Revisiting Form 1099-K and Its Interaction with Other 1099s

If you are a business and you pay contract labor, you must issue the contractor a Form 1099-NEC if:

  1. The amount you paid to the contractor is $600 or more for the year, and
  2. The contractor isn’t taxed as a corporation.

If you pay with a credit or debit card, or via a third-party processor such as PayPal, you do NOT issue a 1099-NEC because the payment falls under the 1099-K reporting rules instead. This 1099-K exception has been around for almost a decade, and now is changing for 2022 as per the American Rescue Plan.

Reviewing Form 1099-K

The first thing to know here is that you do not issue a 1099-K yourself. This is a form you receive. Or as it relates to your contractor, it’s a form THEY will receive.

These types of payments are reported on a 1099-K:

  1. Credit and debit card receipts. The tax code refers to these types of payments as “payment card transactions.” Gift cards are included also. So when you — or a contractor — receive credit card payments, your (or their) merchant processor will send a Form 1099-K at the end of the year, showing all of your card receipts for the year.
  2. Third-party processor transactions (think: PayPal). PayPal will send a 1099-K only if the following thresholds are crossed: 1) more than 200 transactions are processed and 2) more than $20,000 is processed. But this is changing for 2022.


EXAMPLE 1: You pay a contractor by using your company debit card. You do NOT report this payment on a 1099-NEC. Instead the transaction will be reported by the contractor’s merchant processor at the end of the year, on a Form 1099-K.

EXAMPLE 2: You pay a contractor using PayPal. You do NOT report this payment on a 1099-NEC. Instead, PayPal may or may not send a 1099-K to the contractor, depending on the contractor’s transaction totals for the year. The regulations say it is not your responsibility to know if PayPal will send a 1099-K or not. Again this is changing for 2022.

Massive Loophole

Let’s look at Example 2 more closely, and we’ll see why Congress closed this loophole. An enterprising contractor could get his or her clients to pay them via PayPal. Let’s say the contractor has 50 clients who each pay $1,000, so the contractor brings in $50,000 for the year.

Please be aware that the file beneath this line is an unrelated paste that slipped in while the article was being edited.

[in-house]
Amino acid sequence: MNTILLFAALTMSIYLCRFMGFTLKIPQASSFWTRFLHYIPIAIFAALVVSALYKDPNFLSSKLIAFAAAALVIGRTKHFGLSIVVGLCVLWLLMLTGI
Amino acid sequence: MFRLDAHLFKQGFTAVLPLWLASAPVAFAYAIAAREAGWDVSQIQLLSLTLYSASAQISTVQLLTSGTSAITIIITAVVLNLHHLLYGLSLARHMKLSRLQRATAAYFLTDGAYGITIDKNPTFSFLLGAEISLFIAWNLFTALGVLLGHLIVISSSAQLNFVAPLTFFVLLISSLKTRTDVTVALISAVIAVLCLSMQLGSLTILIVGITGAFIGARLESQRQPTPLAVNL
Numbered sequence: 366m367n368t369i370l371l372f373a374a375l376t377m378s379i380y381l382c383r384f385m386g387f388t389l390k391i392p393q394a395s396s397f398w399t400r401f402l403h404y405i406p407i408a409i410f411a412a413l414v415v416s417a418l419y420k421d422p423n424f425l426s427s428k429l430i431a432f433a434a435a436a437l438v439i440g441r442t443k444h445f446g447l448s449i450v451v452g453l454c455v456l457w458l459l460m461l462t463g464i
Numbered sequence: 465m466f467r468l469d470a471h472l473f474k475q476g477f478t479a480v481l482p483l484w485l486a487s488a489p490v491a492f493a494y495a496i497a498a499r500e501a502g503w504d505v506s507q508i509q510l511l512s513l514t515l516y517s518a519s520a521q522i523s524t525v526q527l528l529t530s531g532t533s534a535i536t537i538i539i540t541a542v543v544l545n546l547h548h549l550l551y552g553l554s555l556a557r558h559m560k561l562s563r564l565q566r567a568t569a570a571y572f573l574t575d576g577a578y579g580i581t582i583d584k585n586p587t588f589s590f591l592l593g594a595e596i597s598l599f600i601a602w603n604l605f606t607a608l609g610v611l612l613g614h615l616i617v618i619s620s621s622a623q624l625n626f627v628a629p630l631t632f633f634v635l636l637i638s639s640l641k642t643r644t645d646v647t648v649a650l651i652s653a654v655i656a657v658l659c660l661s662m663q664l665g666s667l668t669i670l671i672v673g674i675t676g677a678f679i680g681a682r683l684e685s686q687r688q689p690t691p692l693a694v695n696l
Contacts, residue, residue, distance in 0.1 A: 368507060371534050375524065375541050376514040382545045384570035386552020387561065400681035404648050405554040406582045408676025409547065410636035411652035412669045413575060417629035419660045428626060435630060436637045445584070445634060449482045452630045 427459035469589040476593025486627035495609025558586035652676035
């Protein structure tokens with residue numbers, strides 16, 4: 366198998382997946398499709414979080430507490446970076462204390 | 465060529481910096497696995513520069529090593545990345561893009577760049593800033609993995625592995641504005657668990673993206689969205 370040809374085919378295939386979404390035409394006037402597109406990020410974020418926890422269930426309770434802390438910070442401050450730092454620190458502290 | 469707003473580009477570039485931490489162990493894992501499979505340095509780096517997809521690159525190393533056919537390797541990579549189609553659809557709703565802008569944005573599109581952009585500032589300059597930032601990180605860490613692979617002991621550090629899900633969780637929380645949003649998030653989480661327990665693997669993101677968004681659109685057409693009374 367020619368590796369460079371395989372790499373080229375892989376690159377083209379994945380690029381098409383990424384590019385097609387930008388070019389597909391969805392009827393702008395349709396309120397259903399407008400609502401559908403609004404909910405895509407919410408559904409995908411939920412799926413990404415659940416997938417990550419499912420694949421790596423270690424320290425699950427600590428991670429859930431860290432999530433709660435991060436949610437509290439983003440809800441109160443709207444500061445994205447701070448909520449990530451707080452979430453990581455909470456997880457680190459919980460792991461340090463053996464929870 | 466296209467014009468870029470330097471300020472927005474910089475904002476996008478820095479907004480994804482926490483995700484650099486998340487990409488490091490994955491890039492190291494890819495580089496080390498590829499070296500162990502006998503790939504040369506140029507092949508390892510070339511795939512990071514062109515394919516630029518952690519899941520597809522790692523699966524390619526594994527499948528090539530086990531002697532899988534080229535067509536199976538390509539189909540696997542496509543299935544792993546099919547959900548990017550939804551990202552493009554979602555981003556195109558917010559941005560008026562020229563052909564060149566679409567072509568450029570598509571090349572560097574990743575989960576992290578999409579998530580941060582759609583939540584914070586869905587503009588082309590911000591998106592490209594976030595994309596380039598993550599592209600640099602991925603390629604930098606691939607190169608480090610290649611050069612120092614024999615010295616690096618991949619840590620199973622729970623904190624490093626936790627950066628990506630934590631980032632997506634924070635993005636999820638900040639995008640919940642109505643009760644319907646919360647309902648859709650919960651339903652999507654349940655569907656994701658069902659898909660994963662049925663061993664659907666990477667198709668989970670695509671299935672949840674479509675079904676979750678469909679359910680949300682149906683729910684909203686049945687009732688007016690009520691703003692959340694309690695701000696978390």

Under existing 1099-K rules as per Section 6050W of the Tax Code, PayPal wouldn’t need to send a 1099-K to this contractor. And the regulations under Section 6041 say the paying businesses wouldn’t need to send a 1099-NEC. Think about the 1099-K exception: there needs to be BOTH more than 200 transactions AND $20,000 processed. In our example, the contractor passes $20,000 but only has 50 transactions, so they won’t get a 1099-K. So this contractor will get NO reporting form at all — they paying businesses don’t need to send a 1099-NEC, and PayPal won’t send a 1099-K either.

Now, taxpayers are supposed to report all income, even if it’s not put on a reporting form. But you and I know that there are plenty of contractors out there who know this loophole.

I myself have encountered contractors who say “yeah, I always set my Schedule C up so I break even for the year but never show a profit.” I’ve also had contractors say “I chose to report more income this year because I’m looking to buy a house (or re-finance a mortgage) and I want to show more income to the bank.” Those are the type of people who know this loophole. Get everyone to pay you through PayPal and chances are, you’ll get no reporting forms, which means it’s the Wild West as far as what might end up on that person’s tax return.

The Loophole is Closing

The American Rescue Plan closes this loophole. Starting in 2022, the 1099-K threshold will be $600, with no transaction count. This effectively closes the loophole.

Clarification of Types of Payments

I present on 1099s, and for nearly the last decade, I had said that the 1099-K reporting exception applies to all transactions, including payment of rent. This was the proper interpretation as per how the code has always stated things. But starting in 2022, the American Rescue Plan changes this. The American Rescue Plan says that the 1099-K reporting exception only applies to payment of goods and services. So if you pay business rent with a credit card or debit card, you WILL need to report that payment in Box 1 of the 1099-MISC.

What this Means for You

Businesses that pay contractors are NOT directly affected by this change. If you pay a contractor with a credit or debit card, or through PayPal, you still don’t issue a 1099-NEC to that contractor. What HAS changed is on the contractor’s side. The loophole where it was likely that they wouldn’t receive a reporting for at all is closed.

One thing that may affect you is the clarification that 1099-K reporting only applies to payment of goods and services. As I said in the last section, if you pay rent with a debit or credit card or through PayPal, you’ll need to start reporting that rent on a 1099-MISC box 1, as the 1099-K exception will not apply to that type of payment starting in 2022.

What About Venmo?

What if you pay contractor’s through Venmo? I’ll talk about that in the next blog post.